The dispositive question in this proceeding is whether a motor vehicle dealer's assignment to a financing institution of all the dealer's rights in a motor vehicle retail sales installment contract includes an assignment of the dealer's inchoate right to receive a sales tax refund if the buyer subsequently defaults on the installment contract. "Under Florida law, parties can assign causes of action derived from a contract or a statute." See Forgione v. Dennis Pirtle Agency, Inc., 701 So.2d 557, 559 (Fla. 1997). See also National Union Fire Ins. Co. v. Salter, 717 So.2d 141, 142 (Fla. 5th DCA 1998), review denied, 727 So.2d 908 (Fla. 1999). An "assignment transfers to the assignee all the interests and rights of the assignor in and to the thing assigned." See State v. Family Bank of Hallandale, 667 So.2d 257, 259 (Fla. 1st DCA 1995); Rose v. Teitler, 736 So.2d 122 (Fla. 4th DCA 1999). Where the statute is silent with respect to the question of the assignee's rights, courts must look to the common law to fill the statutory gap. The general rule is that "[a]n assignee stands in the shoes of his assignor." See Cadle Co. II, Inc. v. Stamm, 633 So.2d 45, 46 (Fla. 1st DCA 1994), quoting FDIC v. Bledsoe, 989 F.2d 805, 809-810 (5th Cir. 1993).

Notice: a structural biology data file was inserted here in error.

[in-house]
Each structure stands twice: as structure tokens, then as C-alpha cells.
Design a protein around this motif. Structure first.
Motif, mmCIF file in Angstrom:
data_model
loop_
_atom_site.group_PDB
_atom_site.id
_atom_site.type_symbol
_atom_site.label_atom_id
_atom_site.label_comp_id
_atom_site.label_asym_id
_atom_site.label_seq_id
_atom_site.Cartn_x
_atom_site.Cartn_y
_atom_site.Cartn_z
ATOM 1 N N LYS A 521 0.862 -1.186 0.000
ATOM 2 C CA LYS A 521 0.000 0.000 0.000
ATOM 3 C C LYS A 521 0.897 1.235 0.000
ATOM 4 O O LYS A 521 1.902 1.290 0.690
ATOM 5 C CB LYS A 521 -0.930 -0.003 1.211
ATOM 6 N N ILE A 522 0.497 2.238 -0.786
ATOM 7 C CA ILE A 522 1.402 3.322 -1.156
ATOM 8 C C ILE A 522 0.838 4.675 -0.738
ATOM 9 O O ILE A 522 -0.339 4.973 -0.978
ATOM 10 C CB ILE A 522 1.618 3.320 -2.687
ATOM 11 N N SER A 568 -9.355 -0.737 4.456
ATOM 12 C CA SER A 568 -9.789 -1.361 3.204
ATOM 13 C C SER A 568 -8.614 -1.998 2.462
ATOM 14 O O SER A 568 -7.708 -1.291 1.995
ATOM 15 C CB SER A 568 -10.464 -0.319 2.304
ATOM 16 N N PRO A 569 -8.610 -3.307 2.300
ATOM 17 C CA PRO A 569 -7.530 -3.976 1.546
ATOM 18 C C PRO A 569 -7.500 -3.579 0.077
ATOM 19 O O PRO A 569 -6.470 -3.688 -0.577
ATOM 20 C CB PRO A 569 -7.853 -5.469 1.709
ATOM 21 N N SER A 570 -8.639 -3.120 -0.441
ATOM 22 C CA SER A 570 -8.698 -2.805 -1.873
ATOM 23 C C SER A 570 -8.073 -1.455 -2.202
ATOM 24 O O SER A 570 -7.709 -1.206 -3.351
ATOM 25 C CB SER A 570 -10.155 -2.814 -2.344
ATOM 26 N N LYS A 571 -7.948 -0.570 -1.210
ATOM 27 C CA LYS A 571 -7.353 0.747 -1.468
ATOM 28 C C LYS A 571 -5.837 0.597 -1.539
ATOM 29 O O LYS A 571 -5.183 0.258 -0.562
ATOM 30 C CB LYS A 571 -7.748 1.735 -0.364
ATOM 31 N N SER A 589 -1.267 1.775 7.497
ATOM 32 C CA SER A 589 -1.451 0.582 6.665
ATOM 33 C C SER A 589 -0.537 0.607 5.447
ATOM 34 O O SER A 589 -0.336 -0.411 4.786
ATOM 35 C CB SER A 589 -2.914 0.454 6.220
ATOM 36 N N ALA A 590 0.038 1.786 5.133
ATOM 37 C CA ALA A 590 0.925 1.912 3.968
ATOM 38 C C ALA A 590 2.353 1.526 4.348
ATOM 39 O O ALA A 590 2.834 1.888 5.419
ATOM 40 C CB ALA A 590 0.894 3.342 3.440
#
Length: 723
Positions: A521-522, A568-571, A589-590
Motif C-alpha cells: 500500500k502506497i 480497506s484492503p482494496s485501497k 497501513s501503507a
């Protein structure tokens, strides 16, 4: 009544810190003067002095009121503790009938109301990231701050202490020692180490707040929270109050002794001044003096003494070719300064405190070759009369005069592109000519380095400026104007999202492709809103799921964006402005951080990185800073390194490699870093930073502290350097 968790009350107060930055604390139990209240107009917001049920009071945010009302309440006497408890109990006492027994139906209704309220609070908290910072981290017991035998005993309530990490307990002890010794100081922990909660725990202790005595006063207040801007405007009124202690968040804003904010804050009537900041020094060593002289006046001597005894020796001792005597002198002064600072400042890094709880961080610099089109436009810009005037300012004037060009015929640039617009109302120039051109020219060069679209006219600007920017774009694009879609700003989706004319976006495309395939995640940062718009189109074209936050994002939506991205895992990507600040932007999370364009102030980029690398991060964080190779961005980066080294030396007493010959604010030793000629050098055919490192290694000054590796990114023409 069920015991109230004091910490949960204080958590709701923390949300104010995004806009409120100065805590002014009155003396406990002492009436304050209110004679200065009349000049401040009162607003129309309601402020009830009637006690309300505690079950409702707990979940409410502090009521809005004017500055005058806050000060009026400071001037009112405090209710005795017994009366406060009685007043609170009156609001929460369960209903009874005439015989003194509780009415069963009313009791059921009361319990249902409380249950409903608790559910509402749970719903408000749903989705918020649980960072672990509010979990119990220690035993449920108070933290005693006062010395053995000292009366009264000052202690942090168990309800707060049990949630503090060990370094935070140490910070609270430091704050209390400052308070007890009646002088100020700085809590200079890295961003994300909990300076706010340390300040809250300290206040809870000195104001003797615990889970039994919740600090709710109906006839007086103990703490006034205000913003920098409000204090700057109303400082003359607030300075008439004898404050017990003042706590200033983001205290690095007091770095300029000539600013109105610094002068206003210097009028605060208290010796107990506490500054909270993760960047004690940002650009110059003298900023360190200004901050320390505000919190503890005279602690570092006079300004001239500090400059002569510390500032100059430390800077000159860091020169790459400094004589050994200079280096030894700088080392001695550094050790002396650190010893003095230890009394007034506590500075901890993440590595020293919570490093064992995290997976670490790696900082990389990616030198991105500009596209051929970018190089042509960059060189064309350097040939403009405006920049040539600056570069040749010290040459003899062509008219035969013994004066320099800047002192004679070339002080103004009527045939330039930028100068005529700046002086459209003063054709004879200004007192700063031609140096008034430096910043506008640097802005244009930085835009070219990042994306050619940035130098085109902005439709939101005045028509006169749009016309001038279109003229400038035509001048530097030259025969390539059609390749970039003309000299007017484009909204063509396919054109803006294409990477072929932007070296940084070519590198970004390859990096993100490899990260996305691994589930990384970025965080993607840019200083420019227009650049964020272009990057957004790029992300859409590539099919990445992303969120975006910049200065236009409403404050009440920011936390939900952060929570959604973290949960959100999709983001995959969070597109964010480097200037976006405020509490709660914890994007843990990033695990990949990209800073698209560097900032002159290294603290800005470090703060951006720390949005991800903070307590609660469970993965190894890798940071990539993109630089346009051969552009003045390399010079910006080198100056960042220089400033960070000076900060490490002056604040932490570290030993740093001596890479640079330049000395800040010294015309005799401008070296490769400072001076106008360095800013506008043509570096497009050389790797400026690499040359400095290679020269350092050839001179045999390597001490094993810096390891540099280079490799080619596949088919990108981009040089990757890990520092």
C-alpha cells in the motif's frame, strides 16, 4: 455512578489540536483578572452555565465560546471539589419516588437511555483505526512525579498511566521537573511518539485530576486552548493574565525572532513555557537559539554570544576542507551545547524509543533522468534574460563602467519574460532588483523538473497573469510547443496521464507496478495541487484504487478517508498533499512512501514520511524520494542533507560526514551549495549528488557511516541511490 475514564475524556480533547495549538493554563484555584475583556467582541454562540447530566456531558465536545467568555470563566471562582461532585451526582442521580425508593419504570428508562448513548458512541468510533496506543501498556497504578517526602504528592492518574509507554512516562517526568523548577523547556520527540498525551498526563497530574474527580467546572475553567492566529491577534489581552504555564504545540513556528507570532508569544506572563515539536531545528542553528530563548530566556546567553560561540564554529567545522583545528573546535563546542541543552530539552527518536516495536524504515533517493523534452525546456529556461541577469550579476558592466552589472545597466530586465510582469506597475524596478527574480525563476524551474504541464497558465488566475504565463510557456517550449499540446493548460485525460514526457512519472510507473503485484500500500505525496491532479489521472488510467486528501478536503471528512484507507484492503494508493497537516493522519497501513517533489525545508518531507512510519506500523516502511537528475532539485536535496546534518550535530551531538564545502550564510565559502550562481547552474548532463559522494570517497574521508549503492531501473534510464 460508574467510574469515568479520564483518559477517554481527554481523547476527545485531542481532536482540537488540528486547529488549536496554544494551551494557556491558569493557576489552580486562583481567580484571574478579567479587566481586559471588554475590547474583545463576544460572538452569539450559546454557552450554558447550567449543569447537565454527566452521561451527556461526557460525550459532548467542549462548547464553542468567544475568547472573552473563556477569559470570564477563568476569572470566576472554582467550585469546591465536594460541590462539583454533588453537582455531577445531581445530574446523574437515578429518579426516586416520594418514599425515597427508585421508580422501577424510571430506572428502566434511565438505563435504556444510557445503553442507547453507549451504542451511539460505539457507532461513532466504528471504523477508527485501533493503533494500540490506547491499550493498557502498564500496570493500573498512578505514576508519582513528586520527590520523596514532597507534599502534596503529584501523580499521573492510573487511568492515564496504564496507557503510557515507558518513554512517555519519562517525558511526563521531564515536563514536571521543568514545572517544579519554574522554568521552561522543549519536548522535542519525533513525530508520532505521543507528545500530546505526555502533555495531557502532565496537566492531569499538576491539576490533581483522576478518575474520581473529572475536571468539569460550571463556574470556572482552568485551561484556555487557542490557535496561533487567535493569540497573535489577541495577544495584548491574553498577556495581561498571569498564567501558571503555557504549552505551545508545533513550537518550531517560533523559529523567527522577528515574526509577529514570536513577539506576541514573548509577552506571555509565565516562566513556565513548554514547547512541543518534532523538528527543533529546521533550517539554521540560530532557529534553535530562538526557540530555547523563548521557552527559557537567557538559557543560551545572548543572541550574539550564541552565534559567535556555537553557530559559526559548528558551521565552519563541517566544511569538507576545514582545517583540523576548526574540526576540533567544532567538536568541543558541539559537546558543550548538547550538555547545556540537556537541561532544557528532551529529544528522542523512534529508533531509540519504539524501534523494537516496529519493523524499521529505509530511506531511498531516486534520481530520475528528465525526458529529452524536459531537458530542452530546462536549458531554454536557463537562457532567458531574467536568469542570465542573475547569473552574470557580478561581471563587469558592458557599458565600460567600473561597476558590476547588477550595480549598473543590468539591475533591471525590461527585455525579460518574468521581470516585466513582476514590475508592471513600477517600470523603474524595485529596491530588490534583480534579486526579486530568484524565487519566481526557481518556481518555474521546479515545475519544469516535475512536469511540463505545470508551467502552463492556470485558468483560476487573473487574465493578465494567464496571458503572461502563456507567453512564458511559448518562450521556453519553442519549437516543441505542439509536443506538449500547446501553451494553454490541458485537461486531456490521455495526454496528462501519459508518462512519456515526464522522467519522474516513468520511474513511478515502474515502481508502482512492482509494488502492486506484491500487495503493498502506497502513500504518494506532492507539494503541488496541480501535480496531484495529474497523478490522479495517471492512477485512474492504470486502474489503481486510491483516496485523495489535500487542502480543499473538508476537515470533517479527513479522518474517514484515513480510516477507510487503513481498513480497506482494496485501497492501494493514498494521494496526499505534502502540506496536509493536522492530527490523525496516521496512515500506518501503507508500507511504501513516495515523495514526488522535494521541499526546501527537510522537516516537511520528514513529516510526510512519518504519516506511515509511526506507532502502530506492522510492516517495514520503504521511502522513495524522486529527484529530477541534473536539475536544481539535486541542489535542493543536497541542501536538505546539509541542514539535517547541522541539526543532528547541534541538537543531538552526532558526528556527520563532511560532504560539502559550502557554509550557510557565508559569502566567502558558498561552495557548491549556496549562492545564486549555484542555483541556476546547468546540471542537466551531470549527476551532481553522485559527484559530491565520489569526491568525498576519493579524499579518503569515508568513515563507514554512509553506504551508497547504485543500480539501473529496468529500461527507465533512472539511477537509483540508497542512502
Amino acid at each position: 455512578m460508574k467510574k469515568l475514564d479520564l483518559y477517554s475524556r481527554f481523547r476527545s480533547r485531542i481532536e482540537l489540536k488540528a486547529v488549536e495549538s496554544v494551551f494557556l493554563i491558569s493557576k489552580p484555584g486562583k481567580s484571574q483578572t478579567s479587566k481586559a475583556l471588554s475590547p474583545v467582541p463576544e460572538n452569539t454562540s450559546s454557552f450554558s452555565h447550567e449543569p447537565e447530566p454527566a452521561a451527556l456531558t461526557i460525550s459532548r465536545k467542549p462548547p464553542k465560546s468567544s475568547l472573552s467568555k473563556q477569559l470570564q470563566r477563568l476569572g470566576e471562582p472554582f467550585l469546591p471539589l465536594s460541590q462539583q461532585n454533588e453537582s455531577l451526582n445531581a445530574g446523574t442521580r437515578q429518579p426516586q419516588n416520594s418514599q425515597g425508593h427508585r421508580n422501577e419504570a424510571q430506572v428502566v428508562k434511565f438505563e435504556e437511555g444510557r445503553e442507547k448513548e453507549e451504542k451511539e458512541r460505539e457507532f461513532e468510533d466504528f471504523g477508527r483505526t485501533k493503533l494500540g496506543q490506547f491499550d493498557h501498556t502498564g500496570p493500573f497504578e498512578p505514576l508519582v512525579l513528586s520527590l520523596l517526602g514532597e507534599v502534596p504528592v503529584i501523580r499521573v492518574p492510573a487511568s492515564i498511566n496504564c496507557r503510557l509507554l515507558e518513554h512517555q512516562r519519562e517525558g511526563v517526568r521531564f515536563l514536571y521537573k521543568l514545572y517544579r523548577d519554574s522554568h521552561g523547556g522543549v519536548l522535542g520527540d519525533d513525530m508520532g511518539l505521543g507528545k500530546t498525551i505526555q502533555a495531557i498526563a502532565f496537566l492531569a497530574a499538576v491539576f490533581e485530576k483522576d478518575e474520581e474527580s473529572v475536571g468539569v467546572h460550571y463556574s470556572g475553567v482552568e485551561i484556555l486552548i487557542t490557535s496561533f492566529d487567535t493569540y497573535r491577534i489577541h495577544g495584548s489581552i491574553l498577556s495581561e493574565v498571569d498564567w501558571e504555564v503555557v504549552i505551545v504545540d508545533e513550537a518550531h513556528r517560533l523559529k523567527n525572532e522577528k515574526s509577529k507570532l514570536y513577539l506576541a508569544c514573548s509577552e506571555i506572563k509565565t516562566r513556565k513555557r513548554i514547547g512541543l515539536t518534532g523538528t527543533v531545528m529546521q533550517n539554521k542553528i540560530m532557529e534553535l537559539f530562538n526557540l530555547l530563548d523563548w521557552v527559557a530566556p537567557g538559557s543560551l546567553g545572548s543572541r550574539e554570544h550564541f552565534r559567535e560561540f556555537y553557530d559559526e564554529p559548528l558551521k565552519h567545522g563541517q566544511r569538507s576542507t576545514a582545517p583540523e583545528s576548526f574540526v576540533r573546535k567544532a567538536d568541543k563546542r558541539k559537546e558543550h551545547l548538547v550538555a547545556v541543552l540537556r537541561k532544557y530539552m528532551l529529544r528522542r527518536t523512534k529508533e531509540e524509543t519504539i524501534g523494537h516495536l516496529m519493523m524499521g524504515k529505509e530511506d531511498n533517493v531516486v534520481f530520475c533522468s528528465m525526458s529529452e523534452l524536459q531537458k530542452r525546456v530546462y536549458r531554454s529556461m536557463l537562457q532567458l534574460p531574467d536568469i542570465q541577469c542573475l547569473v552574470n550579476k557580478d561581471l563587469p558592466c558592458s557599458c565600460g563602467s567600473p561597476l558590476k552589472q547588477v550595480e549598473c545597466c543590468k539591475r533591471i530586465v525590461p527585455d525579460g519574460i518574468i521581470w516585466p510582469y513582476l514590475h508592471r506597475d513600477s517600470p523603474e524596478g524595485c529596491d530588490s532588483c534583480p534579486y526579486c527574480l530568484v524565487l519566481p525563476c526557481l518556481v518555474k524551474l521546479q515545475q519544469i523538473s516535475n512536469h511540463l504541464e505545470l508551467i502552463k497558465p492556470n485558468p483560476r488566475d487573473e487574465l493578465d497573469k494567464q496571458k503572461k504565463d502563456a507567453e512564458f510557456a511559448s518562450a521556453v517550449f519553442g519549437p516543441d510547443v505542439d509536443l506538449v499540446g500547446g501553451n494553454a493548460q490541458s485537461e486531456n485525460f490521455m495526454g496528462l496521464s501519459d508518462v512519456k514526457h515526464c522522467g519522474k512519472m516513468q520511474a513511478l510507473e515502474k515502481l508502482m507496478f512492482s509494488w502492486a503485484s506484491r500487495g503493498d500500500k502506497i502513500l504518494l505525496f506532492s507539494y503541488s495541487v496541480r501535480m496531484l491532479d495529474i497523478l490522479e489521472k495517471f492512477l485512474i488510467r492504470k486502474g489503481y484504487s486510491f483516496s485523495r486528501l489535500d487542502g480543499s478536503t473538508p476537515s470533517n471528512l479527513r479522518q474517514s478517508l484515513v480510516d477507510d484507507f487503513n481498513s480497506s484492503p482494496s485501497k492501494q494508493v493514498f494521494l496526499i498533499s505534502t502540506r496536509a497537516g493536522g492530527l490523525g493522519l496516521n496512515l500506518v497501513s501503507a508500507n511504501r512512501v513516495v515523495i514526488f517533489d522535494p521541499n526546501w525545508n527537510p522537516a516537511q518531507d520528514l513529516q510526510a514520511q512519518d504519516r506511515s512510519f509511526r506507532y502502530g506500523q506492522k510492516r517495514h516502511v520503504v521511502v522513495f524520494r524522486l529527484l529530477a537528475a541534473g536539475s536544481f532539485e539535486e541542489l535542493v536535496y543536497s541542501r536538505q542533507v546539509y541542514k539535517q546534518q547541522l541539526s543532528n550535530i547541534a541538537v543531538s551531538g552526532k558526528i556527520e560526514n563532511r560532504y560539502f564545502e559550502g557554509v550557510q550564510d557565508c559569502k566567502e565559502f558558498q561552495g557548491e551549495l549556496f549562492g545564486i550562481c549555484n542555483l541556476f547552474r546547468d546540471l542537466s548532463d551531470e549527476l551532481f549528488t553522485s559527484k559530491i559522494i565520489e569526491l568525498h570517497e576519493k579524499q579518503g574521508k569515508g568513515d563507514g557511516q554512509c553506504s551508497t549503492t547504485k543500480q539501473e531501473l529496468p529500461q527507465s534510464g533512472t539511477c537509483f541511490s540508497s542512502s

We are cognizant of the policy favoring assignability of contract and statutory rights. Nevertheless, we agree with the Department that the dealer cannot assign a right to receive a sales tax refund which the dealer does not possess at the time of the assignment. In the event the buyer defaults after the dealer has assigned all rights under the installment sales contract, the dealer cannot comply with the statutory qualifying conditions for entitlement to a partial sales tax refund, i.e., the dealer does not retain a security interest in the property.
The claims at issue in this case were filed after release of the en banc decision of the Supreme Court of Washington in Puget Sound National Bank v. State of Washington Department of Revenue, 123 Wn.2d 284, 868 P.2d 127 (Wash. 1994). As here, the Puget Sound case involved bank purchases of installment contracts from automobile dealers. Under the Washington code, at the time of a sale, the dealers must pay the full amount of the sales tax due on the purchase price of an automobile. In the transactions, the bank paid the dealer the balance due on the retail installment contracts, including the uncollected portion of the state sales tax, and the dealers assigned all their rights in the installment contracts to the bank. After assignment, some buyers defaulted on their payments. The bank then repossessed the automobiles and usually sold them at a loss, which loss was written off as a worthless debt for federal tax purposes.